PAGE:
Case study: how much good traffic a scammer gets from one email spam

I got this in my mailbox this morning:

Subject: Support alert!
From: "LinkedIn Support" <[email protected]>
Date: Mon, June 8, 2015 2:46 pm

Hello [email protected]

It's very important you get verified. 
Pleaseclickhere. [dangerous Link deleted]

LinkedIn Security Team 

This message is sent to [email protected]

This message screams "spam / scam" to all of us, yet you'd be surprised to see how many people clicked on it, and their geographic distribution. Because the scammer hided itself behind a bit.ly redirect URL, all of us can track the stats of his campaign:

As you see, there is a lot of clicks, and almost from US exclusively. You would wonder: are these guys using data science to deliver their spam? Companies that I am familiar with would typically pay above $20,000 to get that kind of email performance. Those who do a better job at hiding the bad links and fake sender, would probably get even more traffic. Assuming their click rate is 0.1%, they must have sent their email to 1,000,000 people, with 88% of the recipients in US. Based on the stats below, I suspect Chinese hackers might be involved. It is very unusual to see China as the top non-Western country.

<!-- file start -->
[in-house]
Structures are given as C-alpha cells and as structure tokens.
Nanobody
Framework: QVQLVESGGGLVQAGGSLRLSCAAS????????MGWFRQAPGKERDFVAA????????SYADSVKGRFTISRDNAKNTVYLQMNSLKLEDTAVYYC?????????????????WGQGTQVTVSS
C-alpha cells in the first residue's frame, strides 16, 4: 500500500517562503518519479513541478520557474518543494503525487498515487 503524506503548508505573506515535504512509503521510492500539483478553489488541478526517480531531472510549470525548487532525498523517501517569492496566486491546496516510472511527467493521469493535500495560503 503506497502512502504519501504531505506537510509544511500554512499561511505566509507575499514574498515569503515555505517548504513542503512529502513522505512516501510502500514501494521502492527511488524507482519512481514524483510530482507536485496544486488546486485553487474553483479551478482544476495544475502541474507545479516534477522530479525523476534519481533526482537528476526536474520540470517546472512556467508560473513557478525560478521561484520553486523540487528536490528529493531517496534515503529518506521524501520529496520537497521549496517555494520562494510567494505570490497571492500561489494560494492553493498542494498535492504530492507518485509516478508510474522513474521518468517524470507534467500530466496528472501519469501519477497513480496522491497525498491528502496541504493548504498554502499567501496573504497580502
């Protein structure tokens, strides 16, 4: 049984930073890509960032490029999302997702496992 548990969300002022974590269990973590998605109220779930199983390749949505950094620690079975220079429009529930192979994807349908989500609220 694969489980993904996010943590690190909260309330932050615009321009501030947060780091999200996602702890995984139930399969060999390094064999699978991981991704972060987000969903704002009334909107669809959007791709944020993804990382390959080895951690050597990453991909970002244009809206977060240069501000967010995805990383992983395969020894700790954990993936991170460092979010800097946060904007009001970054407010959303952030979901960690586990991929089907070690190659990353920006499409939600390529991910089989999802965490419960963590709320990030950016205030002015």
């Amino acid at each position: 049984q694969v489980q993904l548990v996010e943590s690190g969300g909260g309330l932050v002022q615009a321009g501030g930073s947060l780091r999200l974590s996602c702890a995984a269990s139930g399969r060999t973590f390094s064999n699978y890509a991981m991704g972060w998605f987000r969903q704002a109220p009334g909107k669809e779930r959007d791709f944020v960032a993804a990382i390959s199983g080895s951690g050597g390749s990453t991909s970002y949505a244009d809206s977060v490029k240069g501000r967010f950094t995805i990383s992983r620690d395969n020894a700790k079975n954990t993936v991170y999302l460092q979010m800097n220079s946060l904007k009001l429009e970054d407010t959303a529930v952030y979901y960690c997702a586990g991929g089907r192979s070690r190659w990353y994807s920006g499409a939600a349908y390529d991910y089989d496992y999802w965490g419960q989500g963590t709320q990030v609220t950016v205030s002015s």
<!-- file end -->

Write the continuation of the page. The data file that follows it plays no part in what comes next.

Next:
Geographic distribution of those who clicked (and most likely, got infected):

Here's the click distribution over time:

And bit.ly flagged this link as suspicious, last time I checked:

Note: bit.ly stats might be inflated, especially from traffic originating from an email blast.

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